Mortal, you are living in the midst of a rebellious house, who have eyes to see but do not see, who have ears to hear but do not hear;
For my first few months living in the city it confused me that there was only one homeless guy living there. I’d been told by a neighbor that he was a Vietnam vet and he resembled a really dirty Jesus: gaunt, unworldly, with a long beard and hair. He never asked for money, he just walked around town. Sometimes I’d see him in the park and one time I found him curled up asleep in a doorway. I went into the bodega next door, got a buttered roll and a coffee and left it near him. When I came back the coffee and the stained, brown bag were exactly where I left them and he was gone.
Not long after that I started working at the homeless shelter. Every day the shelter received at least a couple of bags of clothes often with their tags still on them. More often than not they were donated by well -heeled neighbors who were cleaning their closets. That’s why very few of the shelter guests were any more noticeably dirty than I was at the end of the day and they were often better dressed. The one homeless man I’d seen around town was never there but every night by dinner the shelter was packed to capacity often with a line out the door.
After just a day or two at the shelter I began to see homeless people everywhere, on their way to work, having lunch at McDonalds and hanging out at the library. They’d been there all along but now my eyes were different.
A guy named Max Hawkins used to work for Google where his job was to make sure the information we search for by computer is tailored for our consumption. That way, when they go online, bikers never have to weed through ads for ballroom dancing classes and professors at small, liberal arts colleges won’t be invited to watch Snoop Dogg music videos. After awhile, Max realized that his own, custom made life had become a straight jacket. He only knew people with similar interests and political leanings and most every day of his life looked just about the same.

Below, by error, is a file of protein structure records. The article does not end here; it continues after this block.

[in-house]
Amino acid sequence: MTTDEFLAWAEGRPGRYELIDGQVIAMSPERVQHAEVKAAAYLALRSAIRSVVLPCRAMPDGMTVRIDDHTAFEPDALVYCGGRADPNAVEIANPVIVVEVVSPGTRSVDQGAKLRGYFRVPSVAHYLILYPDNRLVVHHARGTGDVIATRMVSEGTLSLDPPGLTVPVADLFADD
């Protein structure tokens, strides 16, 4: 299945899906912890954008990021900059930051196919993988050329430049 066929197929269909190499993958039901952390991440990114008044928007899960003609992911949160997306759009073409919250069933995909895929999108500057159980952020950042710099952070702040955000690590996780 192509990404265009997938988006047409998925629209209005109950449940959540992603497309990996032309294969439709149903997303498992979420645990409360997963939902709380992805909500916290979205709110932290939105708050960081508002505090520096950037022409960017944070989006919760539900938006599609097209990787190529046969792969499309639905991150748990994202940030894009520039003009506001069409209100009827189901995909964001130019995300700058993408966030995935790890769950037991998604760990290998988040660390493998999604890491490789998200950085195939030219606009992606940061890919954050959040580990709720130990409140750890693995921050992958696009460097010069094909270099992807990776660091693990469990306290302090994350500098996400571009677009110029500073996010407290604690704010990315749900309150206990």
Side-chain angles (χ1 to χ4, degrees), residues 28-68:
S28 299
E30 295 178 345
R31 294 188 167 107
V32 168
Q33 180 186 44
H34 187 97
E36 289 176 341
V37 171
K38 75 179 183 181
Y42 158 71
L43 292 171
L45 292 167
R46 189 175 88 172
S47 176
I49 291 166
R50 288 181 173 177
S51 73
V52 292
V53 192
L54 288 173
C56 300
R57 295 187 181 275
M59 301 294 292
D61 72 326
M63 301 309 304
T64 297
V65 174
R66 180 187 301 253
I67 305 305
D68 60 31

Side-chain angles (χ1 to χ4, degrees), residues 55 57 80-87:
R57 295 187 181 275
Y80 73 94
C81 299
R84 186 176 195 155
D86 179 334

Max went about solving this problem like a computer developer and designed a “randomizing app” that notified him about near-by events that he would have had no prior interest in, like a spaghetti dinner at the Elks Club or an Indian Court Dancing festival. Eventually, Max used his app to travel around the world, seeing places and meeting people he would never have known.
Sometimes when I’m getting on a train and trying to give my neighbors as much space and privacy as I can in a car with standing room only, I wonder how much more I could “see” if I knew them- those ladies in burkas, the teenager with sagging pants playing his music too loud and the grandmother reprimanding the giggly little girl with sticky hands in Spanish to stand still.
I imagine in that somewhere in the crush of people must be the heart of God. Experience has taught me it’s got to be in plain view but impossible to see without veering off my own path, possibly embarrassing myself and missing the next appointment.
Every day God seems to make me a standing offer, in trade for all that, She would give me eyes to see.
Your sister in Christ,